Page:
Setting my tank back up
I have been in saltwater tanks around 2 years now, but I recently had to break down my 55 gallon FOWLR, but now I have a chance to bring it back. When I do, the inhabitants will probably be 2 fuzzy dwarf lions, a snowflake eel, a maroon clown and a picasso trigger. The problem with this however, is that I am totally OCD about having algae in my tanks. Does anyone have a suggetion for this? I would add a cleanup crew, but I know that the lions and the trigger will eat them, so...any suggestions?
Daily water changes, huge skimmers, UV sterilizers, Ozone generators, a remote deep sand bed, huge Deltec updraft filters full of ROWAPHOS, no lighting excep for when showing off the tank to friends. Different list of fish.
Your list is not really viable for a long term 55g as it is. Your eel will grow out of that tank. The trigger may lead to aggression if it feels overcrowded in the small confines of a 55g, Your main problem is that you want an aggressive fish only set up and you require no algae. You've asked for a near impossible from anyone on a limited budget or other interests besides doing small daily water changes. Those fish eat a lot, then poo a lot, they are messy eaters to begin with, this leads to a huge bio load rotting in the tank. Rotting fish waste and left over food create a ton of phosphates, algae fertilizer.
Well, I can live with some algae, I just prefer to not have any. Thanks.
If you can live with if it happens then your 2 dwarf lions would make interesting pets. You could still add others, I'd stay away from the eel in less than 75g. You could try a tang to eat any algae that occurs from the lions.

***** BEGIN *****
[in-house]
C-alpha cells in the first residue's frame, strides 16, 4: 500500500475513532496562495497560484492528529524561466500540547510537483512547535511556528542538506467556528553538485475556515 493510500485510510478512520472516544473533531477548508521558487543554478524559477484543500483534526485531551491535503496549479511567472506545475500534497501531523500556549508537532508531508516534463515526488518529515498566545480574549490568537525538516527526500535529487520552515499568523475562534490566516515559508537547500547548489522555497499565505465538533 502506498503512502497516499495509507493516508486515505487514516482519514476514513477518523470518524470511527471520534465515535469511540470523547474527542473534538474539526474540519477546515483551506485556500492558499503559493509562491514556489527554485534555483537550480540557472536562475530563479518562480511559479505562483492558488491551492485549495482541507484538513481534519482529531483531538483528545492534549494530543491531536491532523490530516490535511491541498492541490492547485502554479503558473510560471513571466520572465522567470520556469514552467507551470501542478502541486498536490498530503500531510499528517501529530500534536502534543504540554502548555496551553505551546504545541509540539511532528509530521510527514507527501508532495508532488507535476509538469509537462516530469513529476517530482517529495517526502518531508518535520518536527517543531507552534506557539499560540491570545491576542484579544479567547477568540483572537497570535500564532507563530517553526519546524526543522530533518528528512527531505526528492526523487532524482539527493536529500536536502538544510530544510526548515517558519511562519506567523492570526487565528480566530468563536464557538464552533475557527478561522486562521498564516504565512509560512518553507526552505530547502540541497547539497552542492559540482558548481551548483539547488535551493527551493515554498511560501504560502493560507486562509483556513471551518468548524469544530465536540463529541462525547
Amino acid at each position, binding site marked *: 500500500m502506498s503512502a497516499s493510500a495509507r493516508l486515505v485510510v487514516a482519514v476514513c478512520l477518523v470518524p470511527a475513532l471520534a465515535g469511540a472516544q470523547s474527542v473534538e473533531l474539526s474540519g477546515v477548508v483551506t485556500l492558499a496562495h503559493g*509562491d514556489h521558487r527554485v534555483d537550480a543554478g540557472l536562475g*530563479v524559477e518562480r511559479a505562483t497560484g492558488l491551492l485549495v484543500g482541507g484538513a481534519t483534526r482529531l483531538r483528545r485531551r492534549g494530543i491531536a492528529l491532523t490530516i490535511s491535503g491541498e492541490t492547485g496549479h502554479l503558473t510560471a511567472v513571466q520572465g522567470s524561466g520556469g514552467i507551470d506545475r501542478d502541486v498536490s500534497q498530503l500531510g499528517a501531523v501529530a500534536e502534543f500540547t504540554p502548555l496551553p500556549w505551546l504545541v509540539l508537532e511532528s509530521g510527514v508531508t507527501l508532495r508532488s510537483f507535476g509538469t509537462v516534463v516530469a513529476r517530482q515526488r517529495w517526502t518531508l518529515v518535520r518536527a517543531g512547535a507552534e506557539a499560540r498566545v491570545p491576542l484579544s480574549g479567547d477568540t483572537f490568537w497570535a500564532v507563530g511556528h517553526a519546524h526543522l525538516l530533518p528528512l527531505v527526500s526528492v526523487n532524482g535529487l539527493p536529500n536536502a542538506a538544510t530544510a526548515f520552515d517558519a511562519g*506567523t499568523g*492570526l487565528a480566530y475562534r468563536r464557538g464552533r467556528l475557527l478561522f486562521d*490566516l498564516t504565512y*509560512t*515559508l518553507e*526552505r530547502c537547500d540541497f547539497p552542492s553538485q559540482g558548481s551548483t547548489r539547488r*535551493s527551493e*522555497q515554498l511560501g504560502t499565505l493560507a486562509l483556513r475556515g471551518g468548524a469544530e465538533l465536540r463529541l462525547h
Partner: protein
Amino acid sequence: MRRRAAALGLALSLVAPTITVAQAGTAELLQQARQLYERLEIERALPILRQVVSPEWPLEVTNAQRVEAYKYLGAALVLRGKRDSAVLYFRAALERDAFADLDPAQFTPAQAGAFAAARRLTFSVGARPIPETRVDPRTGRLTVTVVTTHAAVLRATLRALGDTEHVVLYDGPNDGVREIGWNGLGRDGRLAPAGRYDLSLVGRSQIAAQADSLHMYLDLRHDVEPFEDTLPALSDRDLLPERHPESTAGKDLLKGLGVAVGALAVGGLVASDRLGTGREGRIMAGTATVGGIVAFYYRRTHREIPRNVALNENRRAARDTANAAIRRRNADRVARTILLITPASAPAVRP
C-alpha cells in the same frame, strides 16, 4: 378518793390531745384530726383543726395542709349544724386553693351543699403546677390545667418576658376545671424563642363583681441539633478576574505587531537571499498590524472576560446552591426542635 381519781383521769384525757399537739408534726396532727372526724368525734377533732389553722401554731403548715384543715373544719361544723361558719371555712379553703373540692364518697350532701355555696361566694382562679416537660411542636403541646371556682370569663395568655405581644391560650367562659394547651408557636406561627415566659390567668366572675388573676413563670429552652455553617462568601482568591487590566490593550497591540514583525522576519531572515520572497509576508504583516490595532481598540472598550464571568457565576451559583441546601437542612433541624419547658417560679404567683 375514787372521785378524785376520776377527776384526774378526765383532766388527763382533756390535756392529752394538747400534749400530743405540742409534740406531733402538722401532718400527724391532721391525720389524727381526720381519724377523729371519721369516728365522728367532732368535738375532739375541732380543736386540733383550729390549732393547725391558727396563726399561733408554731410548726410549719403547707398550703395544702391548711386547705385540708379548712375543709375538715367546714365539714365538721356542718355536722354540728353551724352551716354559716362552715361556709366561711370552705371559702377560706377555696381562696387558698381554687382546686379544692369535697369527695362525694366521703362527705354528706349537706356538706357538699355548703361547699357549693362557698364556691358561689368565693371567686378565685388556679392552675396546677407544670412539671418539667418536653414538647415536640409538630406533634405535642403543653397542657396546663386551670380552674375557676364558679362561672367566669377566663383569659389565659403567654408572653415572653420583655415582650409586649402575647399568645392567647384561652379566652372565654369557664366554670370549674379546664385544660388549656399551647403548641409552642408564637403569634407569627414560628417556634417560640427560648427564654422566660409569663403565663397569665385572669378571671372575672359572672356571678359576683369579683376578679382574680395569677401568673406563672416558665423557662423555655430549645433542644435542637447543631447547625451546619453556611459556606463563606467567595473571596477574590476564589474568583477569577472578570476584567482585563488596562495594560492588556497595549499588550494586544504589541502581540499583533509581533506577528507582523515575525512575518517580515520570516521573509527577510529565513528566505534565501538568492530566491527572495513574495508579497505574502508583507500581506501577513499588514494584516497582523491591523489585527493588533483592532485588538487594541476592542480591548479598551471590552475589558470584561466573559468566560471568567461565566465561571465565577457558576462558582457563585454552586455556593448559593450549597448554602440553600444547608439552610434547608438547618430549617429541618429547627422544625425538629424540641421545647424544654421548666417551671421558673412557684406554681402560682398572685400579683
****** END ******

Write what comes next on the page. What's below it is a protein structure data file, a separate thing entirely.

I forgot about tangs! Are there any tangs other than yellow tangs that could go in a 55? Also, I thought snowflake eels stayed small enough to be kept in a 55, at least that's what everything I've read has said. Are there any eels that stay smaller than snowflake eels so I could put them in a 55?
Ok let me try to explain this better. It's not so much that they can't be coiled up and stuffed into a 55g, it's that because they are piggish eaters, they "spoil" or contaminate the water with waste. A 55 gallon's parameters could be swung from good to deadly in a day or two at almost any point from the output of these animals. I'd recommend a larger volume of water for them to pollute to be safe. Banded snake eels would be a safer bet as they eat much smaller amounts of food, thus leading to less poo.
Most tangs will grow to large to be kept long term in a 55g, but the nice thing about tangs is that they can be easily resold when needed.
Ah, ok. I've never heard that about eels, but that is very valuable. Thanks.
Hey Skater thanks for reading and understanding. So many people, once they've made up in their mind, refuse to "hear" anything other than what they want out of a reply. Finding the right fish for your tank will lead to a fulfillment and satisfaction of having an easy to care for and healthy tank. It's the frustration of trying to "force" bad decisions that ultimately lead to the breakdown of a tank and the disappointment of a failure. Could you keep the eel in the tank? Of course you could. Would it be easy to care for, algae free, etc.. no it wouldn't.